First Nick reminds us:
For decades costumed "interpreters" or actors have roamed the streets of Colonial Williamsburg, regaling visitors with tales and stories from the period, while inside many of the restored or rebuilt structures they introduced visitors to life in the 18th century, from peruke making to 18th century cooking to gardening to the contradance.And:
Less emphasis was put on the explication of the political principles that animated many of the town's more famous residents and visiting burgesses, and more on "life as it was." Which is not to say that visitors did not go away without a better knowledge of George Washington, Patrick Henry, Thomas Jefferson and the rival Randolph and Lee families, to mention a few of the men who once were familiar with Duke of Gloucester Street, the mile-long thoroughfare between the College of William and Mary and the colonial Capitol.But things are changing:
Today, however, in 2007, visitors go away with less of a knowledge of those men, their causes, and their time, and a skewed one, as well - a politically correct one. The rot began to set in and spread late in the last century. What has helped to accelerate the decomposition, among other cultural and political influences, is that Colonial Williamsburg now receives federal money.Unfortunately, there is going to be a celebration of and wallowing in, all of the political correctness.
When it was a purely private, "not for profit" foundation, depending on donations, endowments, bequests and tourist revenue, it did not need to abide by the Civil Rights Act, or the Equal Opportunity Act, or any other egalitarian legislation intended to usurp and regulate private dealings between individuals and organizations, between employers and employees.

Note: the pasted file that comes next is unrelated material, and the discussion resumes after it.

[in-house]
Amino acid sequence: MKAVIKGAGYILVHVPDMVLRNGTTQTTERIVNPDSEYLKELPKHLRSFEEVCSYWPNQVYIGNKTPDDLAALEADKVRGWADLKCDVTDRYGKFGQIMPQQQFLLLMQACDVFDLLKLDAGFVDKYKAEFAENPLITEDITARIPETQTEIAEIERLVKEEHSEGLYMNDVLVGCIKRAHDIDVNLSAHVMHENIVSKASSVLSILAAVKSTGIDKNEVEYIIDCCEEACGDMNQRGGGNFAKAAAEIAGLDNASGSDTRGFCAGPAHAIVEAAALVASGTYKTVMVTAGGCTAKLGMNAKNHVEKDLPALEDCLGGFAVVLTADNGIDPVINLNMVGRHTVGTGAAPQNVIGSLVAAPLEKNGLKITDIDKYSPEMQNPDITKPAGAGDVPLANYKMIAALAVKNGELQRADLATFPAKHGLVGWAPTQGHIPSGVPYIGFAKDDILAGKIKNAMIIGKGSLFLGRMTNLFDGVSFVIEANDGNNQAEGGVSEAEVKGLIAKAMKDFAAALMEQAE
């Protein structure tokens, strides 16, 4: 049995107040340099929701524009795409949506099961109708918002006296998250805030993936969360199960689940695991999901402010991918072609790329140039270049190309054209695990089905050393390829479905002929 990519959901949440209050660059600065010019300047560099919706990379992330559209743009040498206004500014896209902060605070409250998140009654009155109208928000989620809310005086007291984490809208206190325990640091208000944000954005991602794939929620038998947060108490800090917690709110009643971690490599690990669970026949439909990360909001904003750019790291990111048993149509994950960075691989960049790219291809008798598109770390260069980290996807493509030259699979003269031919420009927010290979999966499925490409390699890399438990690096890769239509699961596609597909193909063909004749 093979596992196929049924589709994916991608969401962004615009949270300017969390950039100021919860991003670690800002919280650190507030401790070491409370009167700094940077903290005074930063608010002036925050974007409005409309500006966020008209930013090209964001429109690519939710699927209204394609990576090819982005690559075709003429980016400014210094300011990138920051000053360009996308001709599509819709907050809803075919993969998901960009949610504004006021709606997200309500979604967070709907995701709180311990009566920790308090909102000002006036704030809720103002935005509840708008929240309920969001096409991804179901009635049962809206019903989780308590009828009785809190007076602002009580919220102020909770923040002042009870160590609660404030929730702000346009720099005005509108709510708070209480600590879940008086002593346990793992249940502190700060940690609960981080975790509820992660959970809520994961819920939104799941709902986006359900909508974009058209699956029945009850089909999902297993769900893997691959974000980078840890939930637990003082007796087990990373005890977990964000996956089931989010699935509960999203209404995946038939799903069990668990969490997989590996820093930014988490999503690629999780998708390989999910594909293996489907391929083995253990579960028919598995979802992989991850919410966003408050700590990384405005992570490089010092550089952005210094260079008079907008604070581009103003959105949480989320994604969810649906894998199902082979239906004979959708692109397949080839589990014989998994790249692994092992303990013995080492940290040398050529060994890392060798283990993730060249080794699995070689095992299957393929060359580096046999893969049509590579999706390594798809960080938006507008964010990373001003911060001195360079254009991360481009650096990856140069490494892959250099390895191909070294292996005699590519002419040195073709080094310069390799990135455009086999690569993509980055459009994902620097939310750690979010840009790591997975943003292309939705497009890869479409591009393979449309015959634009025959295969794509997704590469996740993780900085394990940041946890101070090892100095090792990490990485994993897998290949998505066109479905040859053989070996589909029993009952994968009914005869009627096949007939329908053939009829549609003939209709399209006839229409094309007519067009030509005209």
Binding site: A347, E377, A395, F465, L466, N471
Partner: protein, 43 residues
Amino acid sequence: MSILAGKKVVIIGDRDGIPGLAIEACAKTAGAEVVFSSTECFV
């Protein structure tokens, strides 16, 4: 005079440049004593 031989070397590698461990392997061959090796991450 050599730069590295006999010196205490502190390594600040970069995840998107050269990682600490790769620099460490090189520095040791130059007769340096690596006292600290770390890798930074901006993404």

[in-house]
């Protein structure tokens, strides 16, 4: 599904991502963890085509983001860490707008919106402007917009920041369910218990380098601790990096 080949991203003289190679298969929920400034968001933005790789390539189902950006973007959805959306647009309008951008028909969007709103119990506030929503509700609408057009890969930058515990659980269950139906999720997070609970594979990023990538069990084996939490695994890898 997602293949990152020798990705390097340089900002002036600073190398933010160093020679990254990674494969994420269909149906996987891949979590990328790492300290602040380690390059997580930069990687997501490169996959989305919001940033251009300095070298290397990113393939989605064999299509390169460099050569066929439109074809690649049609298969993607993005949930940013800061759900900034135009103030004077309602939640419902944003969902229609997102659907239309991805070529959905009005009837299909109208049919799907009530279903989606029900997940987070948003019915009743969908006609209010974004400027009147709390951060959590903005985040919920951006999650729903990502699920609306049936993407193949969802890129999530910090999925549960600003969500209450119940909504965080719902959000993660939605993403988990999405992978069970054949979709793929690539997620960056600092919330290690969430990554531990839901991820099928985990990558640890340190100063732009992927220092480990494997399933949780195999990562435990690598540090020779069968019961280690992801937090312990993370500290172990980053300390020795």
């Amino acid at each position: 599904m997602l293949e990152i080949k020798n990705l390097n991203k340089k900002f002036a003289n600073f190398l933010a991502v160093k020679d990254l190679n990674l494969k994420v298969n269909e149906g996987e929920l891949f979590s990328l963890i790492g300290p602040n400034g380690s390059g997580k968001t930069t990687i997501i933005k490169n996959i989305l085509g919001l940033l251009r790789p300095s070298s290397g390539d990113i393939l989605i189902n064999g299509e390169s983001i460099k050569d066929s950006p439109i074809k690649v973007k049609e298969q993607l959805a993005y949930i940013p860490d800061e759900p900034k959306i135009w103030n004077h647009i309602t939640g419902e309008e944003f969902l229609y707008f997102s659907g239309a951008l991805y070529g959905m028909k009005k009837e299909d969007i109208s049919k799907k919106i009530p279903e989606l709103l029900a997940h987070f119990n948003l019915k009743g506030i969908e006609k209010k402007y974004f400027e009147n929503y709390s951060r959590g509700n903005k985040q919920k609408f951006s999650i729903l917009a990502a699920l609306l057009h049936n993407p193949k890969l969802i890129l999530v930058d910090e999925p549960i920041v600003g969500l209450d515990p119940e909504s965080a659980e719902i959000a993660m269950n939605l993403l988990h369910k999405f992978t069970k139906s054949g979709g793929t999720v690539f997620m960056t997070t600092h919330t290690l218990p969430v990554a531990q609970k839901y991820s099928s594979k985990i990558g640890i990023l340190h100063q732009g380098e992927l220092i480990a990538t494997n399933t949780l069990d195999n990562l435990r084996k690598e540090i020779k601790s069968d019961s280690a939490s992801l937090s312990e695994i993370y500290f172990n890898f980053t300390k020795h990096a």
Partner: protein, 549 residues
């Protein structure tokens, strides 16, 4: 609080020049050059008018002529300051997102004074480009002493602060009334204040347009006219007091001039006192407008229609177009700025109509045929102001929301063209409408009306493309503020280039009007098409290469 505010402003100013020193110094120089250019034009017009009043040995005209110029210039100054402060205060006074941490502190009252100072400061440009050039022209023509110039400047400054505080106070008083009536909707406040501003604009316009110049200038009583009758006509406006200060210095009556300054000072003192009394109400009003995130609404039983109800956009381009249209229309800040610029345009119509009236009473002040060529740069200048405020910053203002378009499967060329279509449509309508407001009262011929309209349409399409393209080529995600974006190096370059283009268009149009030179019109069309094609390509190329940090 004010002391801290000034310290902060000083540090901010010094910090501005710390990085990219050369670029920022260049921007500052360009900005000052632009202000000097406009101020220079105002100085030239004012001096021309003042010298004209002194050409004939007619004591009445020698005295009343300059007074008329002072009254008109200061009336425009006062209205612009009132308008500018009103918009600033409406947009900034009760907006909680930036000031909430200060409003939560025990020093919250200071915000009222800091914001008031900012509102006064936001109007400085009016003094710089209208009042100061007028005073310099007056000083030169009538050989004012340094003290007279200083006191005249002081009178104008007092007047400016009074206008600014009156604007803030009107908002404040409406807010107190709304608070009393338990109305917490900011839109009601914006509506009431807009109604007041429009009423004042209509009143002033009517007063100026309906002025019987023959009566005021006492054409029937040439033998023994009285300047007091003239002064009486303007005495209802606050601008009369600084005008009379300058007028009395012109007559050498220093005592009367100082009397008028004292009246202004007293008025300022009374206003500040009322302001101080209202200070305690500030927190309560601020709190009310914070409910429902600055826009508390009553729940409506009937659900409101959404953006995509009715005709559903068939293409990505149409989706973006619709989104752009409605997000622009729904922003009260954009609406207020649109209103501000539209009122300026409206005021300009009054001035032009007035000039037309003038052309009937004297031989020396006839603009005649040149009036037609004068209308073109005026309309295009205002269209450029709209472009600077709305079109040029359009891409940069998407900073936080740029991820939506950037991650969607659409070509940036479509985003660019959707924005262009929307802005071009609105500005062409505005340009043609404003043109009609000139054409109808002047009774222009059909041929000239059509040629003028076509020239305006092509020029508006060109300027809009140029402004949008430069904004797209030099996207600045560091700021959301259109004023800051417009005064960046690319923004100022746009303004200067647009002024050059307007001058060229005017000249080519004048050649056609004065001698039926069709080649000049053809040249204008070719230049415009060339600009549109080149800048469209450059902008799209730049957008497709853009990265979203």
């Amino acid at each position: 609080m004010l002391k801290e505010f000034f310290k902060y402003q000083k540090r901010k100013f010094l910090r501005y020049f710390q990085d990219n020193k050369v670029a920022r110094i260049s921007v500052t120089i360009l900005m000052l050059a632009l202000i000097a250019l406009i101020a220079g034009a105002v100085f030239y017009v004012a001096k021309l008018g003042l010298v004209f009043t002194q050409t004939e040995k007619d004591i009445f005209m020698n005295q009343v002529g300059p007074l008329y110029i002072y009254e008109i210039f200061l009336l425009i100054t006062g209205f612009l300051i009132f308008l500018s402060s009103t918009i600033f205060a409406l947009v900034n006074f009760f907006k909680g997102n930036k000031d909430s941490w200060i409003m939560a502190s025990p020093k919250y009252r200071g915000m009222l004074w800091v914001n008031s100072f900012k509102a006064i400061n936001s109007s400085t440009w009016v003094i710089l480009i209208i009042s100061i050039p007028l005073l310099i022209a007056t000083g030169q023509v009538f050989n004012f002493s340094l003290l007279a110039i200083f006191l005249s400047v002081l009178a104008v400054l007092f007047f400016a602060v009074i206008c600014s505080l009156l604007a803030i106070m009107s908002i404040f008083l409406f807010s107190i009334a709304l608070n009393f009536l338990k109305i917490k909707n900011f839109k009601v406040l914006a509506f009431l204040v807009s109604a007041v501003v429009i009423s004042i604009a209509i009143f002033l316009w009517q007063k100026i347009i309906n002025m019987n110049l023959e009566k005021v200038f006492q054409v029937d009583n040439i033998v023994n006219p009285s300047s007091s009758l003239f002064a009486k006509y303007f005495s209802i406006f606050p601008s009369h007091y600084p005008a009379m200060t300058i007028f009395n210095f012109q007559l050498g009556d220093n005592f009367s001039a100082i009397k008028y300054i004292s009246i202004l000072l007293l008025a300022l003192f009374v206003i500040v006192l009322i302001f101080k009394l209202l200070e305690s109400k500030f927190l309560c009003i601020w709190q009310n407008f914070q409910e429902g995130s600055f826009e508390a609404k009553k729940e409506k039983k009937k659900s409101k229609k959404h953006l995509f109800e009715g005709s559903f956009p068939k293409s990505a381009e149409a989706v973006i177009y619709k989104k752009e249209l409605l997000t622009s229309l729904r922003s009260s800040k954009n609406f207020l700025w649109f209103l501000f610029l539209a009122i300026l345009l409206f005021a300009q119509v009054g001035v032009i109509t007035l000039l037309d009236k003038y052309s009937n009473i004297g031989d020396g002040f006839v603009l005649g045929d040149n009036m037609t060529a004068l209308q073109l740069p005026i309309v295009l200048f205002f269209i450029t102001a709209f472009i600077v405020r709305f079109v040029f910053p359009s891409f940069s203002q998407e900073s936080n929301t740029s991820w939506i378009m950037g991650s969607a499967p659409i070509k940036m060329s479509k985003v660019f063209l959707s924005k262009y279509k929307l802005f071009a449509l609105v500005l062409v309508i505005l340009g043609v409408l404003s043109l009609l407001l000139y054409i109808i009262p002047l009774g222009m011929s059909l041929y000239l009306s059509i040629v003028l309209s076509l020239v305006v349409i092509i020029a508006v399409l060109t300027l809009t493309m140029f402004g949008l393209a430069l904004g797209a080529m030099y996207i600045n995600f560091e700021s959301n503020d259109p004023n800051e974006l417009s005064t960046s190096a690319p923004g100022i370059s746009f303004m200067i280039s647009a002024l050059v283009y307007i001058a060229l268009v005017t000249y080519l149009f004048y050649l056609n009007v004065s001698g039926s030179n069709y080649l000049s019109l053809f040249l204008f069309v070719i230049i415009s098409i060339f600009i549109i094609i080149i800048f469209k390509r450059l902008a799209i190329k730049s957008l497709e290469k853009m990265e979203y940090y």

For example, now visitors leave with the impression that there were indeed female footmen and coach drivers, women coopers and carpenters, women fifers and drummers, female "militia persons," and so on, without any attempt by the Foundation or its employees to correct that impression or to even hint at the true, male-defined character of the period.
This is one consequence of taking federal bread - and having to sing the federal song. And it illustrates just one way in which the policymakers of Colonial Williamsburg contradict and ultimately betray the Foundation's decades-old mission and watchword: "That the future may learn from the past." To be willing to falsify the past is to be willing to falsify the present. George Orwell dramatized the motive behind and the consequences of that policy in his novel, Nineteen Eighty-Four.
The climax of the celebration of the beginning of what the Founders more than 150 years later would deem a republic, however, will not be a recognition of that unprecedented political feat, but the "World Forum on the Future of Democracy," to take place between September 16 and 18.He then provides a list of these invitees which include some of the most collectivist and statist intellectuals on the planet.
According to the August 14th Colonial Williamsburg Newsletter, an employee in-house publication, "The World Forum will bring together noted international and national scholars on democracy, as well as leading government officials, political practitioners, advocates and commentators who have played a role in democracy's advance.
I recommend reading the whole thing for it also discusses the rewriting of how America is supposed to be a democracy instead of a republic. Nick also identifies another principle: "To be willing to falsify the past is to be willing to falsify the present."
Update: corrected a typo.